And just what is being documented that justifies tae kwon do as a discipline worthy of academic pursuit? First and foremost, the technical catalog that defines the traditional Korean martial art. General Choi Hong Hi, a primary founder who created the International Taekwon-Do Federation in March of 1966, claimed an arsenal containing 3200 separate techniques, each with its own distinct purpose and method of execution, many depicted in his fifteen-volume Encyclopedia of Taekwon-Do. Similarly, an updated version of the Kukkiwon Textbook reissued in 2005 devotes over 700 pages to the proper articulation of technique. But wisdom accumulated over the decades does not stop there. Landmark works by Grandmaster Richard Chun and his contemporaries portray defacto training standards and procedures relied upon worldwide by hundreds of thousands of students.
Moreover, since tae kwon do is recognized as a comprehensive form of self-defense with a pedigree reaching far back to the distant past, there are metaphysical and well as physical concepts to ponder. Exploring the use of meditation and ki, or internal energy development, as essential elements of the art demands research that can only be accomplished through the interrogation of Asian historical and, in some cases, medical records compiled centuries ago. Valid examples of these are the Yellow Emperor’s Inner Canon, a cornerstone of Traditional Chinese Medicine, coupled with the physical lessons posited by the Myue Dobo Tongji (Illustrated Manual of Korean Martial Arts), authored in 1790.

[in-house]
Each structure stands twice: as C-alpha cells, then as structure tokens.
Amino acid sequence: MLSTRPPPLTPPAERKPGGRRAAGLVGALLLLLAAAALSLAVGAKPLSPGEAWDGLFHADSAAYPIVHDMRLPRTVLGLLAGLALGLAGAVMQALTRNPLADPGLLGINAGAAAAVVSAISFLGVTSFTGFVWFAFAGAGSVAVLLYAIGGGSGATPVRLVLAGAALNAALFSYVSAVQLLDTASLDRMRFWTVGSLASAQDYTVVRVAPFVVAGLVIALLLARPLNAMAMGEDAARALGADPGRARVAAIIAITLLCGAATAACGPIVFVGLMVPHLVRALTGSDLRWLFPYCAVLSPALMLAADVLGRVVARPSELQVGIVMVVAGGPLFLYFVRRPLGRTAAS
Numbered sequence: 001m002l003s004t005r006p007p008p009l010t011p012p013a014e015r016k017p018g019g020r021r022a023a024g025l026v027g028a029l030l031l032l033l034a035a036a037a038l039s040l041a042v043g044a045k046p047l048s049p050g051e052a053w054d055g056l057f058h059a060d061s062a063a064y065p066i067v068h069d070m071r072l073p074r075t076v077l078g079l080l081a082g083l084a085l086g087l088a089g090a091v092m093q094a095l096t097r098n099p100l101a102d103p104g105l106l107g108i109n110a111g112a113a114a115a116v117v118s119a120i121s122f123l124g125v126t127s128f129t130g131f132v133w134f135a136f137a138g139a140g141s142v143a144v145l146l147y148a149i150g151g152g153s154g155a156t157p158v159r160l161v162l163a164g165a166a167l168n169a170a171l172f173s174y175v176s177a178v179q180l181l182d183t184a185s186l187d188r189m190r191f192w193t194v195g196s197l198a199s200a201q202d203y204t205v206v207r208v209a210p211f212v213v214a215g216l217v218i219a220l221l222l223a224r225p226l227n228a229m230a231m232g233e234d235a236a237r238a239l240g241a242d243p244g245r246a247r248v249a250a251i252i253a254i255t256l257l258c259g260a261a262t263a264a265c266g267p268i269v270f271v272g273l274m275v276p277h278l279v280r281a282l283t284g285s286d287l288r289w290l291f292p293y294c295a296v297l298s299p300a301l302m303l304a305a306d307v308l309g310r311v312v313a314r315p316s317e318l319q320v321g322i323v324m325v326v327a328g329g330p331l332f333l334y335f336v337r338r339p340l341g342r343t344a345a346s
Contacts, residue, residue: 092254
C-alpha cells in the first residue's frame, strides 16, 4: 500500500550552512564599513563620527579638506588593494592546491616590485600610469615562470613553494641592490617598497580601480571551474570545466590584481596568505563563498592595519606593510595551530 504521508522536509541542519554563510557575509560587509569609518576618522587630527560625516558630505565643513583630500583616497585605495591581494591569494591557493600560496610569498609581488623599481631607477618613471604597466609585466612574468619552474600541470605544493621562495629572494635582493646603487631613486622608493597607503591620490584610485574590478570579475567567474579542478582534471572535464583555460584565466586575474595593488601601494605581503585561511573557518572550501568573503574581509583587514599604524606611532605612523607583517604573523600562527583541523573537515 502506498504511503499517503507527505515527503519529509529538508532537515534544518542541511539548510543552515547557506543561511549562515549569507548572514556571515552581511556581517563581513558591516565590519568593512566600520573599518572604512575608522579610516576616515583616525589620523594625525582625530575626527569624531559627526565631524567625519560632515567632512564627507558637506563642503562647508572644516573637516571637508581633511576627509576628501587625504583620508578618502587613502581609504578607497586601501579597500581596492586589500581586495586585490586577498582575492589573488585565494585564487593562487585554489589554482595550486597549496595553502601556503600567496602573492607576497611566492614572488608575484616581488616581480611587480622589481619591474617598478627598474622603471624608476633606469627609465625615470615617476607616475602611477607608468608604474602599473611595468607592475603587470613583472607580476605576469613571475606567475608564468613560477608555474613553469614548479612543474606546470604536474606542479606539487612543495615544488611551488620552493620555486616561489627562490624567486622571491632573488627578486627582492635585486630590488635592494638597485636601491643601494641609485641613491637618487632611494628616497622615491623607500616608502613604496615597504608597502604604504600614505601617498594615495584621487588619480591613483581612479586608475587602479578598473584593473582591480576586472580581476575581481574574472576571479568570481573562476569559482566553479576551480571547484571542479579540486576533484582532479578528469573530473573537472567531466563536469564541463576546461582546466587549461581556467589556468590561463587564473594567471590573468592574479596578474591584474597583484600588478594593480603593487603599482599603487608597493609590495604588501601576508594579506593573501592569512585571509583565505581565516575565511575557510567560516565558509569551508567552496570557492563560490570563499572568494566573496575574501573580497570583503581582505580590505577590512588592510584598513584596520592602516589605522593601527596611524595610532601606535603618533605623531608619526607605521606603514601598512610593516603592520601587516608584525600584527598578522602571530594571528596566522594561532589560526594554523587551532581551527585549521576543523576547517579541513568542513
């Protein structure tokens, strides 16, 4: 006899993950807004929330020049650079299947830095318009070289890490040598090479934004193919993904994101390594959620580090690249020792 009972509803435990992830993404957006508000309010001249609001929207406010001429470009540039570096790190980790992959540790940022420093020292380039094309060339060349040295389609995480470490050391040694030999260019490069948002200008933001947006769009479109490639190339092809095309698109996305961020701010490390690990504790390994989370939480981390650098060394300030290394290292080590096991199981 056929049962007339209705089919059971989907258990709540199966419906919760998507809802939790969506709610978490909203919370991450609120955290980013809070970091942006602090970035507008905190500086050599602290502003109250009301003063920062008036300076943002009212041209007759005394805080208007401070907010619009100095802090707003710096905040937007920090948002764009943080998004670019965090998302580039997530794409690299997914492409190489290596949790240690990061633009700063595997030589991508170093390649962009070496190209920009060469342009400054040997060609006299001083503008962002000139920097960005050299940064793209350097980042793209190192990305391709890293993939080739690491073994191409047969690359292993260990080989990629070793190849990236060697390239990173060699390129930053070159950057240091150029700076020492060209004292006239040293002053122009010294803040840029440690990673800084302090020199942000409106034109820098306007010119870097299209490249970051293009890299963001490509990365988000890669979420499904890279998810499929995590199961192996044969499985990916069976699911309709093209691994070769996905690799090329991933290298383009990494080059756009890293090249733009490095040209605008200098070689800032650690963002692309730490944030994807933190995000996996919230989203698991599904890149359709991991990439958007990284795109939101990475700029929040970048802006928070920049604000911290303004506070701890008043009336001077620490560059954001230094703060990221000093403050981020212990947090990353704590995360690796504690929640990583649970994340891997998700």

Then, not to marginalize their significance, if one is to accrue an absolute understanding of any classical martial art, then it is equally essential to survey influential native customs, physiological concepts that power its engine and moral doctrines that govern its use. Many of these can be found in the teachings of Confucianism, Taoism and Buddhism.
Clearly, taken as a whole the ingredients cited above compound to represent a body of academic knowledge profoundly worthy of transmission from one generation to the next. One only need embrace it.
Naturally, as with any established sport, there exists a majority of practitioners who will exclusively participate for competitive purposes only. And because tae kwon do offers much in the way of physical fitness and athletic recognition on the collegiate, state, national and international level, and because just as a coin, it exhibits two sides, one representing the game and the other the art, this is entirely understandable. Yet it is important to recognize the difference between cultivating athletes and holistically-trained martial artists - practitioners who are not only proficient in the ring, but who wholeheartedly welcome knowledge concerning the vast mosaic that is traditional tae kwon do.